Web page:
To Ye Kings (Poem by Victor Hugo)

the Old Poems

To Ye Kings
By Victor Hugo

When the Christians were doomed to the lions of old
By the priest and the praetor, combined to uphold
An idolatrous cause,
Forth they came while the vast Colosseum throughout
Gathered thousands looked on, and they fell 'mid the shout
Of "the People's" applause.

On the eve of that day of their evenings the last!
At the gates of their dungeon a gorgeous repast,
Rich, unstinted, unpriced,
That the doomed might (forsooth) gather strength ere they bled,
With an ignorant pity the jailers would spread
For the martyrs of Christ.

Oh, 'twas strange for a pupil of Paul to recline
On voluptuous couch, while Falernian wine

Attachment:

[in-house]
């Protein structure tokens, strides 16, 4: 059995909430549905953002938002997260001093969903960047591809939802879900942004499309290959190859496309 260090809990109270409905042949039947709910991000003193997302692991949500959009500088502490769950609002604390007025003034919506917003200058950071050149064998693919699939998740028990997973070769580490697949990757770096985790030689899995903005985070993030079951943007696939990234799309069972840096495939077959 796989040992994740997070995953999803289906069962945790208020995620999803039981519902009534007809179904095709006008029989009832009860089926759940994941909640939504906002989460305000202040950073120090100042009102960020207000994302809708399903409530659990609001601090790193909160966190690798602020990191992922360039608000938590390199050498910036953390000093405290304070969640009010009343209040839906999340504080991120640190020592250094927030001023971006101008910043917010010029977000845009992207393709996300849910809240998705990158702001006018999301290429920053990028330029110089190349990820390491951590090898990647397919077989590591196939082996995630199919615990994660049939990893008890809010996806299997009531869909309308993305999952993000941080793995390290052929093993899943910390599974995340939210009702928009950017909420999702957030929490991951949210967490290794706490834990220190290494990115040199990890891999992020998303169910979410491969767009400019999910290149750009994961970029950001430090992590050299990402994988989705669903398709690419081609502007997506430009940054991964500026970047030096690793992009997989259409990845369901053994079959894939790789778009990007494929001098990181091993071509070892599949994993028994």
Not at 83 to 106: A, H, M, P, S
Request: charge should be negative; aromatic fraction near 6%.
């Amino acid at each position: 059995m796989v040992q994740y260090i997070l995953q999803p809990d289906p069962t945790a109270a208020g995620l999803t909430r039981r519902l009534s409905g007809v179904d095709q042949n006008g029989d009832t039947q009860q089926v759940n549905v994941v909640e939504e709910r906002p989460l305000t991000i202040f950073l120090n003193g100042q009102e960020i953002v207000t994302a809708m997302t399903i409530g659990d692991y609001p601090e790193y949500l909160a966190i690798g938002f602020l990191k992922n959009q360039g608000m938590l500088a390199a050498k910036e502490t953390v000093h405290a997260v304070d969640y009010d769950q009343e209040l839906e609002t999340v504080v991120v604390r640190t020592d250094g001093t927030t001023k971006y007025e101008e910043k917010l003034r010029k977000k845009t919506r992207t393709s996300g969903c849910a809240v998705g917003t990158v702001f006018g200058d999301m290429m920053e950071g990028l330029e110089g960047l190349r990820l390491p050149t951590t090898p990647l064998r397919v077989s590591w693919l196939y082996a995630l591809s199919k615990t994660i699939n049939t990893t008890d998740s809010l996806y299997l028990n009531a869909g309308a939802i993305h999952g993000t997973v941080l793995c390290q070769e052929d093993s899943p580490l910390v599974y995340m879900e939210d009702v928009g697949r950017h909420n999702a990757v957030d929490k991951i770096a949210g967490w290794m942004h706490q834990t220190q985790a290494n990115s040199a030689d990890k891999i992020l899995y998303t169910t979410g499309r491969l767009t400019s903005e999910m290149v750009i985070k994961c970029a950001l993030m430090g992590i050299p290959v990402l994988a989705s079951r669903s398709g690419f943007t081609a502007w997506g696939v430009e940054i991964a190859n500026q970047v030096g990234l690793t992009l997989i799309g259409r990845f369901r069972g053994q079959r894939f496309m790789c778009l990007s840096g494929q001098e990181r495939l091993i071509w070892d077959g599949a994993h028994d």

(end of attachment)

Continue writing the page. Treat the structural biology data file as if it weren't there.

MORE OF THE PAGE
Fill'd his cup to the brim!
Dulcet music of Greece, Asiatic repose,
Spicy fragrance of Araby, Italian rose,
All united for him!

Every luxury known through the earth's wide expanse,
In profusion procured was put forth to enhance
The repast that they gave;
And no Sybarite, nursed in the lap of delight,
Such a banquet ere tasted as welcomed that night
The elect of the grave.

And the lion, meantime, shook his ponderous chain,
Loud and fierce howled the tiger, impatient to stain
The bloodthirsty arena;
Whilst the women of Rome, who applauded those deeds
And who hailed the forthcoming enjoyment, must needs
Shame the restless hyena.

They who figured as guests on that ultimate eve,
In their turn on the morrow were destined to give
To the lions their food;
For, behold, in the guise of a slave at that board,
Where his victims enjoyed all that life can afford,
Death administering stood.

Such, O monarchs of earth! was your banquet of power,
But the tocsin has burst on your festival hour — 
'Tis your knell that it rings!
To the popular tiger a prey is decreed,
And the maw of Republican hunger will feed
On a banquet of Kings!

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